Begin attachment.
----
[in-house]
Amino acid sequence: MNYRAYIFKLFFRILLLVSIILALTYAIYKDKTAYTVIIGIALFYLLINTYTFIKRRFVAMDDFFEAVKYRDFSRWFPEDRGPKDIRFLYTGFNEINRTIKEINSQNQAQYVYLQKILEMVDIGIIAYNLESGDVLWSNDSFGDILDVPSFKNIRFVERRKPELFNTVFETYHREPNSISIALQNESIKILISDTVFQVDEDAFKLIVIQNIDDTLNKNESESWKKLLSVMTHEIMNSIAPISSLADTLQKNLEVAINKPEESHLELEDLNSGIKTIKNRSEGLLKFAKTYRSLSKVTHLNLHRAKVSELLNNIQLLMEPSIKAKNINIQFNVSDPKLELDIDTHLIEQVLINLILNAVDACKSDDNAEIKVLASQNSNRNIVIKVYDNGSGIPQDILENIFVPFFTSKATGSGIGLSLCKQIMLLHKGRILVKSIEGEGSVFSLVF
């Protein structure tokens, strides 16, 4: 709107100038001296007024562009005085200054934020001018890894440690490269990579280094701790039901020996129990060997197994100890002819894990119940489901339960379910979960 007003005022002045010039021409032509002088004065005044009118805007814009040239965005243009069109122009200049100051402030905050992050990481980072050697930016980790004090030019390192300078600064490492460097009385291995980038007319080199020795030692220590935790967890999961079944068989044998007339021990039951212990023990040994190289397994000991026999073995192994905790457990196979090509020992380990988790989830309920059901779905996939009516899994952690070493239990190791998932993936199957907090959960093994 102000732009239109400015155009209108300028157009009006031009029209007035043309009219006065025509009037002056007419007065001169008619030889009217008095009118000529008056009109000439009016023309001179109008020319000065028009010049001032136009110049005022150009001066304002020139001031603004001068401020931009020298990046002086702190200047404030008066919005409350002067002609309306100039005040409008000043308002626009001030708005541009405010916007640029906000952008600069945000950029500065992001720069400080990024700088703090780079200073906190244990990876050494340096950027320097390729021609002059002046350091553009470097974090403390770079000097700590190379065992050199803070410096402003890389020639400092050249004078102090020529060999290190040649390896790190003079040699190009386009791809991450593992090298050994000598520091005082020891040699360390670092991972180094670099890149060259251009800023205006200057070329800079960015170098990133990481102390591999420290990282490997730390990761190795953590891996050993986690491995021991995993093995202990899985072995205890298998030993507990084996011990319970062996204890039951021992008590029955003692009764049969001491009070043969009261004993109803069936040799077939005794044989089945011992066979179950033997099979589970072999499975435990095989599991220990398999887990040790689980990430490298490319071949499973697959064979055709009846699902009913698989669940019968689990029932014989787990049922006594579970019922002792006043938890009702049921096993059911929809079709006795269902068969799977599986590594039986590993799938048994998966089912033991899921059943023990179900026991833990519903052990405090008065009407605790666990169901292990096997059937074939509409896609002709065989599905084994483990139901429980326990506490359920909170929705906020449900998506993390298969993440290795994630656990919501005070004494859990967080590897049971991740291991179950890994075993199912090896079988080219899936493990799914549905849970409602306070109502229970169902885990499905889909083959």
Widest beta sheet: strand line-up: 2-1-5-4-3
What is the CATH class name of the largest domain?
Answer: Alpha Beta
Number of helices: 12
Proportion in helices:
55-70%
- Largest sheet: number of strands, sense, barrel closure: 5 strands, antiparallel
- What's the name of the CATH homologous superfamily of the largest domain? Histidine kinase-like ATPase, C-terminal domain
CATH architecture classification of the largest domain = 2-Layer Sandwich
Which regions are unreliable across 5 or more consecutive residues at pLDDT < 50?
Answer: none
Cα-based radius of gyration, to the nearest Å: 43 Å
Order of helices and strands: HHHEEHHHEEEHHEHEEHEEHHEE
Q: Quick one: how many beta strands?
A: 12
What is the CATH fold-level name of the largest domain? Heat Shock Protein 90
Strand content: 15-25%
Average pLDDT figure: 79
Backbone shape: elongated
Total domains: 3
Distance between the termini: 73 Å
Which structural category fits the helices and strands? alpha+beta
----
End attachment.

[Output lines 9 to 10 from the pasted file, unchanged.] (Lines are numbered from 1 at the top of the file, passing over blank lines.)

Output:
55-70%
- Largest sheet: number of strands, sense, barrel closure: 5 strands, antiparallel